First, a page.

Financial support for the study: Candlelighters' Trust.
Male and female experiences of having fertility matters raised alongside a cancer diagnosis during the teenage and young adult years
Version of Record online: 30 JUN 2009
© 2009 The Authors. Journal compilation © 2009 Blackwell Publishing Ltd
European Journal of Cancer Care
Volume 18, Issue 4, pages 381–390, July 2009
How to Cite
CRAWSHAW, M.A., GLASER, A.W., HALE, J.P. and SLOPER, P. (2009), Male and female experiences of having fertility matters raised alongside a cancer diagnosis during the teenage and young adult years. European Journal of Cancer Care, 18: 381–390. doi: 10.1111/j.1365-2354.2008.01003.x
Conflict of interest statement: none of the authors have any financial or personal interests with other people or organizations that could inappropriately influence their work.
- Issue online: 30 JUN 2009
- Version of Record online: 30 JUN 2009
- Accepted 2 March 2008
- teenage cancer;
- fertility preservation;
- sperm banking;
- decision making;
- parental involvement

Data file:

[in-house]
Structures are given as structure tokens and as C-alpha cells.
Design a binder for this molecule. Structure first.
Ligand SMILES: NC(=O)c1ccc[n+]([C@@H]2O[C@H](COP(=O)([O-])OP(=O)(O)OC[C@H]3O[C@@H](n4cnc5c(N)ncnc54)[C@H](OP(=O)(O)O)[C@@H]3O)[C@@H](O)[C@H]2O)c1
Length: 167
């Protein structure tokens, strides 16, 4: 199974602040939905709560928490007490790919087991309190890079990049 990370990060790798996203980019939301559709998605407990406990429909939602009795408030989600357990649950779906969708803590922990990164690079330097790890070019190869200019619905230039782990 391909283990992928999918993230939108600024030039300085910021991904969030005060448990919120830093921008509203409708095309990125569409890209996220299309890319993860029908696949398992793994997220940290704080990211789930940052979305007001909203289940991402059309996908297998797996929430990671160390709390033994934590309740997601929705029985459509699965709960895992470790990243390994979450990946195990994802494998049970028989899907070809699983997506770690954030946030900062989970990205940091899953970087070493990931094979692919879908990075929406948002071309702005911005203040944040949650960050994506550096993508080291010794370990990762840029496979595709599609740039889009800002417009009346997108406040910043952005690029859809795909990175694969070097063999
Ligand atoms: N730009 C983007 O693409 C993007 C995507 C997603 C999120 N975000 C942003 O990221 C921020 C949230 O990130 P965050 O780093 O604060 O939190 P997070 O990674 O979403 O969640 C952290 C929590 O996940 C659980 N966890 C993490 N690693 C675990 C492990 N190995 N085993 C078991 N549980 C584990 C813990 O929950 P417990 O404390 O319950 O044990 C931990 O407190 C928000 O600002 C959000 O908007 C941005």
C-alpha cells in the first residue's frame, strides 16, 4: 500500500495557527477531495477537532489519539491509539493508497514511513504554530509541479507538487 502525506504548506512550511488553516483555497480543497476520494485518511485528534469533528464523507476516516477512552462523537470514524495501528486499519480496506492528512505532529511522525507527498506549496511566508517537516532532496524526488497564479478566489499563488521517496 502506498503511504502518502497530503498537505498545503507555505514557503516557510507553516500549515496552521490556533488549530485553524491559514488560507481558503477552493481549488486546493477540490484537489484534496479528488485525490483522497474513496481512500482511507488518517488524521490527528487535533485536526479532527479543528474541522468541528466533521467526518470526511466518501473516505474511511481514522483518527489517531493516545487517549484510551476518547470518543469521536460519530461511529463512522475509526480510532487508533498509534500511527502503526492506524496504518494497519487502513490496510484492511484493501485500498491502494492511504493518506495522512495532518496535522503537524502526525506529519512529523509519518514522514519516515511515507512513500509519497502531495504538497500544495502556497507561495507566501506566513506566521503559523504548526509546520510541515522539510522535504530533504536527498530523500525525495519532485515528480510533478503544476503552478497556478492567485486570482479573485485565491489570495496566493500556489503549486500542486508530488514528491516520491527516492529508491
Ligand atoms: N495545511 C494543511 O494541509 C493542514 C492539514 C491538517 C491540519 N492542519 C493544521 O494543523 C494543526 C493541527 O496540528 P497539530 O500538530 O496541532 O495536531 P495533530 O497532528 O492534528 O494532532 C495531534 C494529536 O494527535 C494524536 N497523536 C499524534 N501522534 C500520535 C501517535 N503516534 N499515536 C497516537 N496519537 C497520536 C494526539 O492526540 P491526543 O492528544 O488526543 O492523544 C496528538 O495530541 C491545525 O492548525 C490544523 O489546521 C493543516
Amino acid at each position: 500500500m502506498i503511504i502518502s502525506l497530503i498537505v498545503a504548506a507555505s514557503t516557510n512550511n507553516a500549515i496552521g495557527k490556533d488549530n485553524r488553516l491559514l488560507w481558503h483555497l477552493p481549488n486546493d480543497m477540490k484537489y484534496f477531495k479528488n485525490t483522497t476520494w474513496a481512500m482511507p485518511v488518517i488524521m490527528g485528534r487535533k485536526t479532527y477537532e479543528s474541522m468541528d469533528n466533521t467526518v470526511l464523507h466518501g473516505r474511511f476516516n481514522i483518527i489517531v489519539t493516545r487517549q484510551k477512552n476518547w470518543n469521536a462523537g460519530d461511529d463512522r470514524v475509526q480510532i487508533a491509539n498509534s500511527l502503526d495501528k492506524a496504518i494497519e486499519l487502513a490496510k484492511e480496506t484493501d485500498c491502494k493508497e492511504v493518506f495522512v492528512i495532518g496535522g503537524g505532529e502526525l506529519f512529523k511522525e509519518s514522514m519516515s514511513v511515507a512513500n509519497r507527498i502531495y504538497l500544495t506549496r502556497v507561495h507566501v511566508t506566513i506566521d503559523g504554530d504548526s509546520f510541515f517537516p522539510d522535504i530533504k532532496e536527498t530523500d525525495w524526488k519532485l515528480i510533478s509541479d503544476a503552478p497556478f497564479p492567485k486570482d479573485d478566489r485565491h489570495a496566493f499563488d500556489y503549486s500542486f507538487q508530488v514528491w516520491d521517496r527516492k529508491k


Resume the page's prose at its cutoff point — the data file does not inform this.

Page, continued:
Discussion and management of potential reproductive health sequelae of adolescent cancer are essential and challenging components of care for the multidisciplinary team. Despite this, research has been limited to specific experiences (e.g. sperm banking) or fertility-related concerns of adult survivors. This grounded theory study of 38 male and female survivors of adolescent cancer aged 16–30 years drew on in-depth single interviews to map the range of experiences of being advised that treatment might affect fertility. Strong support for being told at around diagnosis was found regardless of gender, age, incapacity or availability of fertility preservation services. Age and life stage appeared less significant for impact than the perceived level of threat to personal and social well-being. Women were more likely to achieve lower levels of comprehension about the physiological impact, to report later distress from lack of fertility preservation services and to revisit more frequently those decisions made by the few offered fertility preservation. Men found decision making about sperm banking straightforward on the whole and reported satisfaction with having the choice regardless of outcome. Findings suggest that young people can cope with this information alongside diagnosis especially when professional and parental support is proportionate to the particular impact on them.